But in this case, these ripoff fees have been bugging me for 10 years, so I'm all for this on. If they roll in the fees with the normal rates, good, that's how they should do it.
    • Since it screws over the customers worse than the companies just to make the lawyers rich.

      It's called getting paid on contingency [wikipedia.org] and the percentage the lawyers get is subject to court review & approval and can be anywhere from 25% to 50% in the USA

      Class Action law suits normally take years to complete... during this time, the lawyers aren't getting paid by their clients. So instead of every member of the suit paying the billable hours in monthly installments, the lawyers get a cut of the winnings. This tends to give them great incentive to negotiate/win a high dollar value.

      • Every member of the class gets a few dollars maybe a few tens of dollars if it's a major tort. In return they lose the right to sue in the future. In the Sony rootkit case they got a $5 coupon iirc.

        The lawyers walk away with millions of dollars.

        So yeah, the class members get screwed as badly as the companies their suing to give the lawyers millions of dollars they don't deserve.
  • I assume by 'access' they mean what occurs directly after you bend over and grab your ankles?

    Anyway... We're at a time in this technology that is going to be a short-lived transition in the larger picture. Eventually prices for all cell phone service will drop dramatically, including all data services. Right now we're just getting out of the early adopter phase and are moving into widespread use. (I'm looking at timelines of how long it took the human race to develop sufficient technology for this to wor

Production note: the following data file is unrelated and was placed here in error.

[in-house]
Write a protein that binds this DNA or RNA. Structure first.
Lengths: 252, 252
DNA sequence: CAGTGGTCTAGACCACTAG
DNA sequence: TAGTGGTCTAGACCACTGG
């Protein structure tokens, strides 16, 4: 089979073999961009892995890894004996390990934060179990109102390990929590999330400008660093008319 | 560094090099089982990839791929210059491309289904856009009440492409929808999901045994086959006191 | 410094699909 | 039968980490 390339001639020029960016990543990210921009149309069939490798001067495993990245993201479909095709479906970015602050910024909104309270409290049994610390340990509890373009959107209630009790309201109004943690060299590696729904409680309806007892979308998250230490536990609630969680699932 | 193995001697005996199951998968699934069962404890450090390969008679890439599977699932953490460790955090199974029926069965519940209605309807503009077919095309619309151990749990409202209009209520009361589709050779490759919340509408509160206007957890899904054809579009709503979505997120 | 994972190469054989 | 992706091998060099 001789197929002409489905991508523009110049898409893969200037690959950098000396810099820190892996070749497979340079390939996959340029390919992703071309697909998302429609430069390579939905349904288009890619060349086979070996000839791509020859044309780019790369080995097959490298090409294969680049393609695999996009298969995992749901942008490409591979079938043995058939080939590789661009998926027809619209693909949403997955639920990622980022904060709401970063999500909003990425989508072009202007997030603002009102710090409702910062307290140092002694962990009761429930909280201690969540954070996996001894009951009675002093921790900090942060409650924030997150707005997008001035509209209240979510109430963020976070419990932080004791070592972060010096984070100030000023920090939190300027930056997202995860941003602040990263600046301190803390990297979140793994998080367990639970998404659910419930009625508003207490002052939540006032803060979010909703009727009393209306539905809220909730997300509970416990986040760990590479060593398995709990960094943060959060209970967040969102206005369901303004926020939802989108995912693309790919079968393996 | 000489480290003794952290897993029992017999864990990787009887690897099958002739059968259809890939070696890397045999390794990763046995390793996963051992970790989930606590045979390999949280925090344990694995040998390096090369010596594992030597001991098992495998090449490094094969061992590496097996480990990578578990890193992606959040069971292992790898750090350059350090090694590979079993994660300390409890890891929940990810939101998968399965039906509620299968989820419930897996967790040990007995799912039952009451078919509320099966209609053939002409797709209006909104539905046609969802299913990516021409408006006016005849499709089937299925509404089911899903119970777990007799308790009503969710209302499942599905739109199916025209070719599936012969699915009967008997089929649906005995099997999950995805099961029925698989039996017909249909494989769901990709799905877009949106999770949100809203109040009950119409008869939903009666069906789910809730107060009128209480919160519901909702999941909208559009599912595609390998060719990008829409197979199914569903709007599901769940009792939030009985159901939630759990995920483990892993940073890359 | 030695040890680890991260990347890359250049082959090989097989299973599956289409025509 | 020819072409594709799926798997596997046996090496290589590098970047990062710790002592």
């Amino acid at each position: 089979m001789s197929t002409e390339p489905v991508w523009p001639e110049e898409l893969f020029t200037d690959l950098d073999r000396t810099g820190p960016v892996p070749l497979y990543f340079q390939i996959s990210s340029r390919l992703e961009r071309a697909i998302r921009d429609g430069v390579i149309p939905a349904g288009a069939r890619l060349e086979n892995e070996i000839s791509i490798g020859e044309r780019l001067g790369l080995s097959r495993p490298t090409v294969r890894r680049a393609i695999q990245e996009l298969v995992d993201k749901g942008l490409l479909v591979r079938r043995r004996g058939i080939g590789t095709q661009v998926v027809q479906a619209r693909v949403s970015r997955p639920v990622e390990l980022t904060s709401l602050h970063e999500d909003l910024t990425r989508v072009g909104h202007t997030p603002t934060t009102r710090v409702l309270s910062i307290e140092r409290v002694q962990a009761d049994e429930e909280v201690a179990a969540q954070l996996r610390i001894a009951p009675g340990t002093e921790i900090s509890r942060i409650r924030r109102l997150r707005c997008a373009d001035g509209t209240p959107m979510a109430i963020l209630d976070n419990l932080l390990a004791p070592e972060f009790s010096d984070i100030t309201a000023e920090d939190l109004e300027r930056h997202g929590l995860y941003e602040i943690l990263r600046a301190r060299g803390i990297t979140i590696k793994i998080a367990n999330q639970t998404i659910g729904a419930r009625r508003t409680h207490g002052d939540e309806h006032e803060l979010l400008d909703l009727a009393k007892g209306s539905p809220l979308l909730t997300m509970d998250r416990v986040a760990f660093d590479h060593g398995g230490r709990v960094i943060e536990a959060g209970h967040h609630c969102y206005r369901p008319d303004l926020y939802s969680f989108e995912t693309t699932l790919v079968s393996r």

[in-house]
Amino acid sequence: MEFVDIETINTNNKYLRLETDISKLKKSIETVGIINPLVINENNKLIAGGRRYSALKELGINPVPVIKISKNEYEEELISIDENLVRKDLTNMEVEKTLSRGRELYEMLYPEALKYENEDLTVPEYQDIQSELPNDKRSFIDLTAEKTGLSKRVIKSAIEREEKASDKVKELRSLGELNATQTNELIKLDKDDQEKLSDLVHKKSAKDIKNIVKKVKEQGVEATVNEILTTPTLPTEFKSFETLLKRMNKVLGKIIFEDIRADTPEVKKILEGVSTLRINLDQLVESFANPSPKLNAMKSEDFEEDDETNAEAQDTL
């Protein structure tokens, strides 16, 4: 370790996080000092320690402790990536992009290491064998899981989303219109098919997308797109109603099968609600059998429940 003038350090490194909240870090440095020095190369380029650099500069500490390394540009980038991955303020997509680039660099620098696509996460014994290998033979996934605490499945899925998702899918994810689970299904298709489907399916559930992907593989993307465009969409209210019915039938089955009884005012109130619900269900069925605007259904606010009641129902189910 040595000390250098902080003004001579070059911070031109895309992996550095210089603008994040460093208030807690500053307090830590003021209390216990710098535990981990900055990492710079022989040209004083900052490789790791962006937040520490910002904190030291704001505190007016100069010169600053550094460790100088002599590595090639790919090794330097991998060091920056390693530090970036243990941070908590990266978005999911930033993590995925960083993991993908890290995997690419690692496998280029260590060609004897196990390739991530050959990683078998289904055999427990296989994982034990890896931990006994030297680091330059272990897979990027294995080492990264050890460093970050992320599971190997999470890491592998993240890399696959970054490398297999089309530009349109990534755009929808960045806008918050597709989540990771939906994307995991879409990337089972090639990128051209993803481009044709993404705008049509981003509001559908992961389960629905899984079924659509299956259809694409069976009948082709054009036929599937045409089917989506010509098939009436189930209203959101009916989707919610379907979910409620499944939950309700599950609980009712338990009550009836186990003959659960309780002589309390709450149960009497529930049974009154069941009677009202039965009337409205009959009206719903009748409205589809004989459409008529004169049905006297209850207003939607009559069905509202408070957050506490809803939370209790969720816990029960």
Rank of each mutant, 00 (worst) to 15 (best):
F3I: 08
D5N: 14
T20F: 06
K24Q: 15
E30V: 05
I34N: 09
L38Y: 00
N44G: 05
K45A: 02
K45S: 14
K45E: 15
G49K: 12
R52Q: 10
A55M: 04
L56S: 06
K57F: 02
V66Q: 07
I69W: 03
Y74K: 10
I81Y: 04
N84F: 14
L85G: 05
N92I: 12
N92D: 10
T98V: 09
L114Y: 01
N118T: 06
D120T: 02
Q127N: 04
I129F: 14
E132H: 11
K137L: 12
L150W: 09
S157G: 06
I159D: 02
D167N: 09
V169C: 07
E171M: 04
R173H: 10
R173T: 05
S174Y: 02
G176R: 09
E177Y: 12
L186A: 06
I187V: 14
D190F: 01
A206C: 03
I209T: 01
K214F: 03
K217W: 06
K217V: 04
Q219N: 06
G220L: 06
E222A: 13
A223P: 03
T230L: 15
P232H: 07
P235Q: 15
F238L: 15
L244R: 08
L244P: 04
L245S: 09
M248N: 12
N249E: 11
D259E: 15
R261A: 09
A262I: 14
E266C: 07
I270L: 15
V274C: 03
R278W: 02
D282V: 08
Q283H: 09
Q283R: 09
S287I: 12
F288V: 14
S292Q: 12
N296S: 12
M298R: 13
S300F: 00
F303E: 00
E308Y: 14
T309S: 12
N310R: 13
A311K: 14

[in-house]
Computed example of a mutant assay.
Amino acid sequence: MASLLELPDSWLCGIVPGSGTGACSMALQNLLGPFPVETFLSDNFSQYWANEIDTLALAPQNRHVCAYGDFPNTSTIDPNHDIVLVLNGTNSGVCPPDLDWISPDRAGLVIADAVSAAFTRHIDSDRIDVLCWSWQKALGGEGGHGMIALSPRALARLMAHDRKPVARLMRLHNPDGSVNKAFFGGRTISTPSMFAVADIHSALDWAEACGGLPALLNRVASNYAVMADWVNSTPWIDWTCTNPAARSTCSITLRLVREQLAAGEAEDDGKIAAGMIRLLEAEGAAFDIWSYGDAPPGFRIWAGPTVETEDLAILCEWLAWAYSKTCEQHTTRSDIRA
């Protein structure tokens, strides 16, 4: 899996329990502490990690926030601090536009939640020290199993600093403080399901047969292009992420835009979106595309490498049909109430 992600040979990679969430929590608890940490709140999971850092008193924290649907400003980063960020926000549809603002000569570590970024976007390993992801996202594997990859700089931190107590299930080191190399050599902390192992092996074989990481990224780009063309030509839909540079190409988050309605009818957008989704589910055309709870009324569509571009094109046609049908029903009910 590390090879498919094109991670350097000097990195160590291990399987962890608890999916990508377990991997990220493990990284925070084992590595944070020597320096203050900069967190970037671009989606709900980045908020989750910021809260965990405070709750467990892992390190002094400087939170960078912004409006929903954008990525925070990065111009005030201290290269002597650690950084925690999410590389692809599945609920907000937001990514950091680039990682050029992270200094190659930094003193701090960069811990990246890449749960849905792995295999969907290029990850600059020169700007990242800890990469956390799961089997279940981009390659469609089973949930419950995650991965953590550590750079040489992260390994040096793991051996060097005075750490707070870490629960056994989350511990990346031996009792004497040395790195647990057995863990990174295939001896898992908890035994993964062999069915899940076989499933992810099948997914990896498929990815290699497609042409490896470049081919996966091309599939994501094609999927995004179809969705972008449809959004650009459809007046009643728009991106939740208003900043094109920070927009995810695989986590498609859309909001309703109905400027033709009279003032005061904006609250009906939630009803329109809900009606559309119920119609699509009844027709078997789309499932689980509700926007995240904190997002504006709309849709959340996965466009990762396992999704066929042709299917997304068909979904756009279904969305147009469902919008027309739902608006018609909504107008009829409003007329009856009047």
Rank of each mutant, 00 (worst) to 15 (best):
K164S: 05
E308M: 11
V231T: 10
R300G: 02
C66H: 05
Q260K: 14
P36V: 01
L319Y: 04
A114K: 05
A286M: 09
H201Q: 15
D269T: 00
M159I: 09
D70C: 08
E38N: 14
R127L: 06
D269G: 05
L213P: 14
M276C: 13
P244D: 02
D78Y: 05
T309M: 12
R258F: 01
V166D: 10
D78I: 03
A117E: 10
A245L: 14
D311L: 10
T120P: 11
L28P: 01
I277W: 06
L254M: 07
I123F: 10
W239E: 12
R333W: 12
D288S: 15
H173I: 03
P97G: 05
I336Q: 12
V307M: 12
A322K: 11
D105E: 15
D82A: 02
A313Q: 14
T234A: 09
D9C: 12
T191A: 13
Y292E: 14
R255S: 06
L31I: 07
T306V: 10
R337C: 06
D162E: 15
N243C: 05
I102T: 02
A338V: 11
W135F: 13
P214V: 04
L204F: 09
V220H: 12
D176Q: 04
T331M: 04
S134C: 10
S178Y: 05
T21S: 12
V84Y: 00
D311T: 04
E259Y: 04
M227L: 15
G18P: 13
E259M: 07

• by Jucius Maximus ( 229128 ) <m4encxb2sw@NOSpaM.snkmail.com> on Wednesday September 19, 2007 @05:45PM (#20673277) Journal
    I'm on prepaid, only paying $10/mth+tax and nothing else. That's one of the reasons I picked prepaid to begin with; No system access fee, at least in Canada on Telus.
    • I have been doing the same thing ever since I got a cell phone nearly 10 years ago... pretty much all services included (a ~$20/month freebie), no unnecessary network fees, no nonsense. In the early years, $10 used to be good for two months at a time.

      Since I use it mostly to be reachable for job interviews and to locate my friends when we go out and lose sight of each other or got confused about the actual meeting place, I rarely use it more than 10-15 minutes per month.
    • by saskboy ( 600063 )
      Oh, but do they roll that fee into the ~$10/month or so that we're paying?
  • To sign up... (Score:5, Informative)

    by ameline ( 771895 ) <ian.ameline@NOSPam.gmail.com> on Wednesday September 19, 2007 @05:46PM (#20673297) Homepage Journal
    If you are Canadian, and have a canadian cell phone, Go to http://www.merchantlaw.com/cellular.html [merchantlaw.com] to sign up...